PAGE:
Gastroenterologists at NYU Langone may recommend making certain dietary changes to help relieve the symptoms of irritable bowel syndrome, or IBS. There is no single dietary recommendation for IBS, because everyone experiences symptoms differently, and different foods may trigger symptoms for different people. For example, dairy products may cause significant bloating and diarrhea in some people but not others.
Our physicians work closely with nutritionists to help you identify which foods trigger your symptoms. Being aware of these foods enables you to eliminate them from your diet, which may help alleviate gas, cramping, diarrhea, or constipation.
It can take weeks or months to determine which foods trigger your symptoms. Seeing your gastroenterologist regularly and keeping a food diary can help you get on the right path to symptom relief.
Your NYU Langone gastroenterologist may recommend avoiding a group of well-known dietary triggers, often referred to as the FODMAP list, for six to eight weeks to determine whether cutting them from your diet alleviates digestive symptoms.
FODMAP stands for fermentable oligosaccharides, disaccharides, monosaccharides, and polyols. Foods containing these sugars can be difficult for some people, particularly those with IBS, to digest.
If eliminating these foods helps, your physician recommends reincorporating foods from the “FODMAP” list one by one to determine which ones are the triggers. By avoiding these triggers, you may discover that you feel better.
Foods high in fructose—a sugar commonly found in high amounts in some fruits—may cause IBS symptoms. Such foods include apples, mangoes, and watermelon. Processed foods containing high fructose corn syrup, such as sodas and candy, may also cause gastrointestinal discomfort.
Lactose, a sugar found in dairy products, may be difficult for people with IBS to digest. Foods high in lactose include cow’s milk and cream, ice cream, yogurt, and soft, unripened cheeses, such as cottage cheese, cream cheese, and ricotta.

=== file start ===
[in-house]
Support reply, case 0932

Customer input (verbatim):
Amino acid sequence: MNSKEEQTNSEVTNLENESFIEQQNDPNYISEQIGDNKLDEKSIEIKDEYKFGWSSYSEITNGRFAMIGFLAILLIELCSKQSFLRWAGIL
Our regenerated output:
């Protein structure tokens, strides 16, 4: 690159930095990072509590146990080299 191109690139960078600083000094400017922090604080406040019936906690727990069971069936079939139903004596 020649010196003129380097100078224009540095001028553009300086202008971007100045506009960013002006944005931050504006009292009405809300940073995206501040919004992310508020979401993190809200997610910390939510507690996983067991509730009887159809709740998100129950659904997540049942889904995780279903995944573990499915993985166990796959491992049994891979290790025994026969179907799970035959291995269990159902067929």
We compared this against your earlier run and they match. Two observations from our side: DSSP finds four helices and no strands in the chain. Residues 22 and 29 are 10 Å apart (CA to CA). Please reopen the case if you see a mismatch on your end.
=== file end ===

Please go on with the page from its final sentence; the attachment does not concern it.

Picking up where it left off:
You may also want to avoid fructans, a type of carbohydrate found in grains and vegetables, such as asparagus, broccoli, brussels sprouts, garlic, onions, and almost all types of breads, cereals, and pastas.
Galactans are another type of carbohydrate that may be difficult to digest. Foods containing galactans include beans, chickpeas—the main ingredient in hummus and falafel—and lentils.
Polyols are a common ingredient in artificial sweeteners. They can also be found in avocados, berries, and peaches. Many sugar-free products contain polyols, including diet soda, candy, and gum. In addition, gum can cause bloating because the act of chewing pushes extra air into the stomach.
Caffeine, alcohol, and nicotine may aggravate IBS symptoms. Caffeine and nicotine stimulate the colon and can cause loose bowel movements or abdominal cramping. Coffee, tea, and energy drinks contain caffeine, as does chocolate.
Beer, wine, and liquor may contain sugars that people with IBS find hard to digest and may worsen symptoms.
People with IBS should avoid cigarettes and nicotine gum or patches because they can irritate the stomach.
Our physicians strongly recommend quitting tobacco products. NYU Langone’s Tobacco Cessation Programs can help you.
Fiber helps the body regulate digestion. Adding fiber-rich foods to your diet can relieve constipation in some people. However, people with IBS may find that foods containing high amounts of fiber—such as cereals or baked goods made with bran—are difficult to digest. These foods may cause gas, bloating, and abdominal cramping.
Your physician and nutritionist may recommend slowly increasing your intake of fiber over a few weeks to find out whether adding it to your diet relieves symptoms. If fiber relieves constipation but increases abdominal pain or bloating, your doctor may recommend taking an over-the-counter supplement instead. This may help to bulk up the stool and improve regularity while avoiding the side effects of a high-fiber diet.
It is also important to increase your fluid intake when increasing fiber in your diet.
Learn more about our research and professional education opportunities.